M&S (no, not the food store) has quite a vast array of events to choose from (24 in total!), naturally the game starts with only 50% available but the rest are quickly unlocked. All of the standard track and field events are here, with track events like 100m Sprint, 110m Hurdles, 4x100 Relay and field events like Hammer Throw, Javelin, Long Jump, High Jump and Triple Jump. Along with the usual, SEGA have also included a bunch of other sports which haven't usually featured in an Olympics title, including Gymnastics in the form of Trampoline, Skeet Shooting, Swimming, Rowing, Archery, Table Tennis and Fencing! SEGA certainly haven't skimped on the number of events, the variety ensures you'll find something you enjoy and, more importantly, something you're good at!
SEGA have also included some more extreme, unbelievable, totally not possible “Dream Events”. These range from “Pilot Wings” style sky diving game to a “Mario Kart” style “Dream Race” where your characters run around a track picking up power-ups whilst having to dodge obstacles.
So, now you know about the characters and events, time to talk game modes. Pretty straight forward stuff here, there's a single play mode that allows you to browse and play any event. The “Circuit Mode” is basically mini triathlons: It groups a bunch of events together, in each event you earn points and the medals are decided by your total points tally. Lastly is the “Missions” mode which is a feeble attempt at a single player mode; you're given certain tasks and targets which simply unlock more missions.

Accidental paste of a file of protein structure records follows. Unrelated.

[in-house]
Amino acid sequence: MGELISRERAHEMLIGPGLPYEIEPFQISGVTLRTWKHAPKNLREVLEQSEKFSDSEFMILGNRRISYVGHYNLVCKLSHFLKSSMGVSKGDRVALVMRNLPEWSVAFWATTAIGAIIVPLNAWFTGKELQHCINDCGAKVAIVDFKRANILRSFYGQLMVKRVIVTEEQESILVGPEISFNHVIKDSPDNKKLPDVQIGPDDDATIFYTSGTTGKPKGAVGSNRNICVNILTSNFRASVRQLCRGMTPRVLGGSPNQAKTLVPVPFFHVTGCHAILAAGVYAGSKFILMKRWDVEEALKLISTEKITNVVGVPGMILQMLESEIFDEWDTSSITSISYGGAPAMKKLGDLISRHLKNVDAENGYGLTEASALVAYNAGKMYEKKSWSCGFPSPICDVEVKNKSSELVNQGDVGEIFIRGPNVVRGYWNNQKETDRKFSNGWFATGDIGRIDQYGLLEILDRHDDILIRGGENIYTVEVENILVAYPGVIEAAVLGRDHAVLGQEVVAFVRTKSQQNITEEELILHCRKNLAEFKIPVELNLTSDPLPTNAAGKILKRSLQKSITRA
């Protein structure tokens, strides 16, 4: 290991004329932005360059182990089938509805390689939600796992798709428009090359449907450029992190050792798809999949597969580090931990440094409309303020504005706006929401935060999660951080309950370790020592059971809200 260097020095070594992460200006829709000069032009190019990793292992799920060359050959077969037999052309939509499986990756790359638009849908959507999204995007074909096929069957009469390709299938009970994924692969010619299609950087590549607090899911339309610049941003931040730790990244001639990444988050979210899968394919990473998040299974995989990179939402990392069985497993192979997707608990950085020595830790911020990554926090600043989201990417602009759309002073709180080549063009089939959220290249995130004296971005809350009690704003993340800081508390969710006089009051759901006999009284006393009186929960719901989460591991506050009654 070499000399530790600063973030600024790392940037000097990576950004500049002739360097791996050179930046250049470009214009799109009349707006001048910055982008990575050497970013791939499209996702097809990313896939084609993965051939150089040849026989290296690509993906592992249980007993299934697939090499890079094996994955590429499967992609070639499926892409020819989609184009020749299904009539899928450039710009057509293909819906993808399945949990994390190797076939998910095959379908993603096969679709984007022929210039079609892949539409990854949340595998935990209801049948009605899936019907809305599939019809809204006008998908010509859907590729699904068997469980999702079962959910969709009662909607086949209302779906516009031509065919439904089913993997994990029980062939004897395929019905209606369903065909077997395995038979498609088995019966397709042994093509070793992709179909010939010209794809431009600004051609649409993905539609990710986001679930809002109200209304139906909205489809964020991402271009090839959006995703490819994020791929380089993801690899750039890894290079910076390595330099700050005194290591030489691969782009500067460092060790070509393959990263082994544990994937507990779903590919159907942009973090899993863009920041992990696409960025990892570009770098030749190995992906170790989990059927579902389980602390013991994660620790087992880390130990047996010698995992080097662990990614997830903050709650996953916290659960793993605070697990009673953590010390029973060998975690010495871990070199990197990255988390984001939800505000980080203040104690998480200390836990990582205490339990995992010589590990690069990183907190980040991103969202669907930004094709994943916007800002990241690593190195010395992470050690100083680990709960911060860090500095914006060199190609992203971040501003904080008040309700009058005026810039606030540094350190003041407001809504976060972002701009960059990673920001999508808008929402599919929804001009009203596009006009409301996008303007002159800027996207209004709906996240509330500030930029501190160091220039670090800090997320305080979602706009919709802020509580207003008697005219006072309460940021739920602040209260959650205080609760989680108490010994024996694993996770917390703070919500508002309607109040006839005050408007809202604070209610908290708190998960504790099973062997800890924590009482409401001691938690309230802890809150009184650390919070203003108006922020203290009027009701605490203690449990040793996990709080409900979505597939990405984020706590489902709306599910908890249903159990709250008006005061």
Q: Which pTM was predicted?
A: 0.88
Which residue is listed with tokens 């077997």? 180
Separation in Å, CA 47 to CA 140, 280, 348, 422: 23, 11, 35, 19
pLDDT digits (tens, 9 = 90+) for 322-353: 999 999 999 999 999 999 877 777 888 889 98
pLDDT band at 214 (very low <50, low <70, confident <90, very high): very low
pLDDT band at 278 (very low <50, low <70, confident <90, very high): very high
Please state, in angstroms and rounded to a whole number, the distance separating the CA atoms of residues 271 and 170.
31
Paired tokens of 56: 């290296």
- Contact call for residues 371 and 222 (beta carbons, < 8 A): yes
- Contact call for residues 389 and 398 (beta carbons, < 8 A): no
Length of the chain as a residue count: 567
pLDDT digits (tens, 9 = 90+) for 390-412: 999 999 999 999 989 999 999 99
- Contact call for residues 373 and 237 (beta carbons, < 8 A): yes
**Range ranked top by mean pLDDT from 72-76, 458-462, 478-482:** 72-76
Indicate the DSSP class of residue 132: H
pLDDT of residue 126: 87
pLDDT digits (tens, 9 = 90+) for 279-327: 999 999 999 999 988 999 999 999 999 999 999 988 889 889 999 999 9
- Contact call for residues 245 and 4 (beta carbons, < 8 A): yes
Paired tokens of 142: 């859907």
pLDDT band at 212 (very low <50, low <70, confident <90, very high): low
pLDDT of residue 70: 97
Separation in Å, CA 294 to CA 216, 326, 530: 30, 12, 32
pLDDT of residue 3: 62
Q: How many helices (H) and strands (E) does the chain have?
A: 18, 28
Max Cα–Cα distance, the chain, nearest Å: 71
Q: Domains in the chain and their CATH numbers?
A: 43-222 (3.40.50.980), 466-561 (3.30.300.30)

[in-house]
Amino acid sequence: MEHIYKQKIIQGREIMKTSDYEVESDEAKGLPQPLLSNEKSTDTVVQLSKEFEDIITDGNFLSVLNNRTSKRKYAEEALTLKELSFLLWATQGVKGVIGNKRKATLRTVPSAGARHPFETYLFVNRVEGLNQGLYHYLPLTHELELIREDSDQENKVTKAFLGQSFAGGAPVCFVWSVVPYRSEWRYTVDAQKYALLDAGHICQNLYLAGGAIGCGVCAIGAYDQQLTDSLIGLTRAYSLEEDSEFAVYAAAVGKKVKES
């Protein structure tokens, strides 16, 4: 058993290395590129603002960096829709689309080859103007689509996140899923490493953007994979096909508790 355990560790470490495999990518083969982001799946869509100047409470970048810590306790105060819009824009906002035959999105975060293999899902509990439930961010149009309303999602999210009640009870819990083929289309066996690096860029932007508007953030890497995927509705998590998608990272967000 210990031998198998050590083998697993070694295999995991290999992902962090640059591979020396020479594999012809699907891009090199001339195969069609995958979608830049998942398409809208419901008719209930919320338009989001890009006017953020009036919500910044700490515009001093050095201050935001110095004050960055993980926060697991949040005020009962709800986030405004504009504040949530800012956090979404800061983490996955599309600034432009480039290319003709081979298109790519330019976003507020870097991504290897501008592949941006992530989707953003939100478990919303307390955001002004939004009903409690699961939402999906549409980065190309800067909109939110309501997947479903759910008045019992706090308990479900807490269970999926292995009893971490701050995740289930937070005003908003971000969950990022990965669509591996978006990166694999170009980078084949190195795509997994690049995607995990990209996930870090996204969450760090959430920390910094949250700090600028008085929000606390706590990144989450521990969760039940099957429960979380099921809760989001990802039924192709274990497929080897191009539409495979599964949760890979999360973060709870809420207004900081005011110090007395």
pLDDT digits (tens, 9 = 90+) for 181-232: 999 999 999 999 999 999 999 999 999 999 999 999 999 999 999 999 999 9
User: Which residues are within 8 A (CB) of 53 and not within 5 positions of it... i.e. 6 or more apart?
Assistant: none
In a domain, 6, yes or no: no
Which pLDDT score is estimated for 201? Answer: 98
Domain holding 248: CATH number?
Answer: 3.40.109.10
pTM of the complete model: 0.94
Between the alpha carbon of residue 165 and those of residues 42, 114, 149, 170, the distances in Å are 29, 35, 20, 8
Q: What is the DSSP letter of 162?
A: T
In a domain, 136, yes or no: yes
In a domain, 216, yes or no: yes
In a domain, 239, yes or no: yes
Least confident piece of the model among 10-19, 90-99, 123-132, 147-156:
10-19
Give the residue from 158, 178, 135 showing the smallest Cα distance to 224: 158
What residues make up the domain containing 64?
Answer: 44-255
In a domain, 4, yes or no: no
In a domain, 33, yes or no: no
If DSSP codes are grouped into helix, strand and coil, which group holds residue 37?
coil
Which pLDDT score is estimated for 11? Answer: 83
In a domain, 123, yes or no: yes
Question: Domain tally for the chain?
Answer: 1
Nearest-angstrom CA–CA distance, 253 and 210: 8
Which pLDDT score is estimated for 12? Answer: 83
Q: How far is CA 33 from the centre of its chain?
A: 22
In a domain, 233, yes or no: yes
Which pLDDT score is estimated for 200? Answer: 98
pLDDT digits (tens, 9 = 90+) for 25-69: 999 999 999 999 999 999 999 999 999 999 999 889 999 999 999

The “Track & Field” genre has been stuck with the same control scheme for decades, it never required skill, it was button bashing at its most simple. SEGA have obviously tried to force a change to this trend by maximizing the potential of the Wiimote and Nunchuck. Generally any “running” in this game is actioned by quickly raising and lowering the Wiimote/Nunchuck in an alternating fashion. Jumps are mostly performed by raising the Wiimote upwards. Trampolining is done by jumping, then performing button combos whilst in the air- DDR style. The Hammer Throw is achieved by rotating the Wiimote in circles. Then in Table Tennis utilises an obvious Wii Sports control system. SEGA have been pretty inventive with the controls, it's instantly more appealing than button bashing, and is similar to Wii Sports in its motion capturing.